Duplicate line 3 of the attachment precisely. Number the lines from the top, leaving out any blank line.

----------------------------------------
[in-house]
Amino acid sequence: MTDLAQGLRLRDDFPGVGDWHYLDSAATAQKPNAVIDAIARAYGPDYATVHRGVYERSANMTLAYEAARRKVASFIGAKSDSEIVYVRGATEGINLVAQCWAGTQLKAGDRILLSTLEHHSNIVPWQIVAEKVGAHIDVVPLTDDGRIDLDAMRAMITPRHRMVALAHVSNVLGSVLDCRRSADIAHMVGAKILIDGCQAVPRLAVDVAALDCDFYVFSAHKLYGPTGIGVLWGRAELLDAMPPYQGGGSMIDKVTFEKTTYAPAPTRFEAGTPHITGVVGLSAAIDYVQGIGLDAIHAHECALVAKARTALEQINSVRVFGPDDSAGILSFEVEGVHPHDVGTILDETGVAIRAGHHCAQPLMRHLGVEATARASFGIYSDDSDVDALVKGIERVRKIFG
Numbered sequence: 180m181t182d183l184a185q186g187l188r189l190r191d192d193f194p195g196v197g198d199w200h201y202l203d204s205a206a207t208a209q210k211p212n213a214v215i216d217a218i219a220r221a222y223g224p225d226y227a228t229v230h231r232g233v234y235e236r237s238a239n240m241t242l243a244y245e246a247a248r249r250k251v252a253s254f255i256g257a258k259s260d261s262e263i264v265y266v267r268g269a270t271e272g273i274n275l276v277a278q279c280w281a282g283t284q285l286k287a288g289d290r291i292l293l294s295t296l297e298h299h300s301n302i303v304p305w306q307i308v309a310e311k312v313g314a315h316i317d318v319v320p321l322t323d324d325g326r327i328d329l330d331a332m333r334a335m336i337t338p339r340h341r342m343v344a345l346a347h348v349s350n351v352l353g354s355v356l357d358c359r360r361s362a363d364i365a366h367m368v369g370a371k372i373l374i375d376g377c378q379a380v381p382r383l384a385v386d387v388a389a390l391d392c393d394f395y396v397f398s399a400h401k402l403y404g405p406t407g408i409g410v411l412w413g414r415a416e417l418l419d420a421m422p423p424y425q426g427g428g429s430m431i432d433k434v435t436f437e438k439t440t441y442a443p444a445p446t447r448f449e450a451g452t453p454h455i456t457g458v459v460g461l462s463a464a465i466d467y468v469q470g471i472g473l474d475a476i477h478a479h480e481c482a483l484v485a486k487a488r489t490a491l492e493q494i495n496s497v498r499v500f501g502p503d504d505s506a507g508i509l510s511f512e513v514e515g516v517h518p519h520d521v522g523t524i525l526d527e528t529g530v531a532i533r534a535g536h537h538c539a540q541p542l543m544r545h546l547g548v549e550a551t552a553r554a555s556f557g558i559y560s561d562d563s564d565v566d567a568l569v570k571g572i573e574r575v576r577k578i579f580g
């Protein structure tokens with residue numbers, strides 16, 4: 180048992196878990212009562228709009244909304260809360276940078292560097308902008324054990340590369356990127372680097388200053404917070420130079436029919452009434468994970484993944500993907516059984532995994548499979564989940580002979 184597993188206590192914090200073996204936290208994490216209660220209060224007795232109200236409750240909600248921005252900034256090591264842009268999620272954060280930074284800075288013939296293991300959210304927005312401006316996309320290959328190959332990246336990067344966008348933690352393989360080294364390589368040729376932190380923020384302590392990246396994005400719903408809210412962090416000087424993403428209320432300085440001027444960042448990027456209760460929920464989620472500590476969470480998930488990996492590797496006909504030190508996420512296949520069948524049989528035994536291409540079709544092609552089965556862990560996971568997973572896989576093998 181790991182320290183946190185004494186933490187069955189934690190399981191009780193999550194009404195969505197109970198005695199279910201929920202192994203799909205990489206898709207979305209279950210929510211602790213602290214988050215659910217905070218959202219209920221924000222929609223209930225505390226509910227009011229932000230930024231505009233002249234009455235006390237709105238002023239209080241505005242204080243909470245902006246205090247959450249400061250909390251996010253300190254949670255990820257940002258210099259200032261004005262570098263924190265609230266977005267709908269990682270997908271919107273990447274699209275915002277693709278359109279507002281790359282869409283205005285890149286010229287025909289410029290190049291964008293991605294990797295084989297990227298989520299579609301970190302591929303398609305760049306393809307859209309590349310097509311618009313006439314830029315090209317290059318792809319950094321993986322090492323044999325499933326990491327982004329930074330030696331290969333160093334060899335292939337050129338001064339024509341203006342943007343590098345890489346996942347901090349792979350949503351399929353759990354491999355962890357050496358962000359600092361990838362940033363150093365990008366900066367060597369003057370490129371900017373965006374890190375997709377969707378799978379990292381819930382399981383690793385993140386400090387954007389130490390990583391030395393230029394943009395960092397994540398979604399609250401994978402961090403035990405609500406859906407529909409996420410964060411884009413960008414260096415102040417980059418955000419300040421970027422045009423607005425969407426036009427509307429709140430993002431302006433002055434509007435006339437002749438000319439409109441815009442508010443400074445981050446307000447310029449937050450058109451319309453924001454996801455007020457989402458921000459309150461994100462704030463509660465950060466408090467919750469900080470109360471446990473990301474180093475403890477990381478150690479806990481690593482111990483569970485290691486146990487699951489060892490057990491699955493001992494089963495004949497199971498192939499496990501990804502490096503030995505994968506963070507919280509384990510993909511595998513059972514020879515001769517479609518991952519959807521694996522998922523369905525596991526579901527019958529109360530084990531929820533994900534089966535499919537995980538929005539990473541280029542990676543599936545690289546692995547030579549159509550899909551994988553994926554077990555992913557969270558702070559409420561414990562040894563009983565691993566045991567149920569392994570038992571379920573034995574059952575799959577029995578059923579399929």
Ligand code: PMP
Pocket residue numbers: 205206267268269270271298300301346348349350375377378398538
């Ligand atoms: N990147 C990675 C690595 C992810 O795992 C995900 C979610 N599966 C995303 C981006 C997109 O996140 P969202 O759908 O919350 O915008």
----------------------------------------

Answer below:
Numbered sequence: 180m181t182d183l184a185q186g187l188r189l190r191d192d193f194p195g196v197g198d199w200h201y202l203d204s205a206a207t208a209q210k211p212n213a214v215i216d217a218i219a220r221a222y223g224p225d226y227a228t229v230h231r232g233v234y235e236r237s238a239n240m241t242l243a244y245e246a247a248r249r250k251v252a253s254f255i256g257a258k259s260d261s262e263i264v265y266v267r268g269a270t271e272g273i274n275l276v277a278q279c280w281a282g283t284q285l286k287a288g289d290r291i292l293l294s295t296l297e298h299h300s301n302i303v304p305w306q307i308v309a310e311k312v313g314a315h316i317d318v319v320p321l322t323d324d325g326r327i328d329l330d331a332m333r334a335m336i337t338p339r340h341r342m343v344a345l346a347h348v349s350n351v352l353g354s355v356l357d358c359r360r361s362a363d364i365a366h367m368v369g370a371k372i373l374i375d376g377c378q379a380v381p382r383l384a385v386d387v388a389a390l391d392c393d394f395y396v397f398s399a400h401k402l403y404g405p406t407g408i409g410v411l412w413g414r415a416e417l418l419d420a421m422p423p424y425q426g427g428g429s430m431i432d433k434v435t436f437e438k439t440t441y442a443p444a445p446t447r448f449e450a451g452t453p454h455i456t457g458v459v460g461l462s463a464a465i466d467y468v469q470g471i472g473l474d475a476i477h478a479h480e481c482a483l484v485a486k487a488r489t490a491l492e493q494i495n496s497v498r499v500f501g502p503d504d505s506a507g508i509l510s511f512e513v514e515g516v517h518p519h520d521v522g523t524i525l526d527e528t529g530v531a532i533r534a535g536h537h538c539a540q541p542l543m544r545h546l547g548v549e550a551t552a553r554a555s556f557g558i559y560s561d562d563s564d565v566d567a568l569v570k571g572i573e574r575v576r577k578i579f580g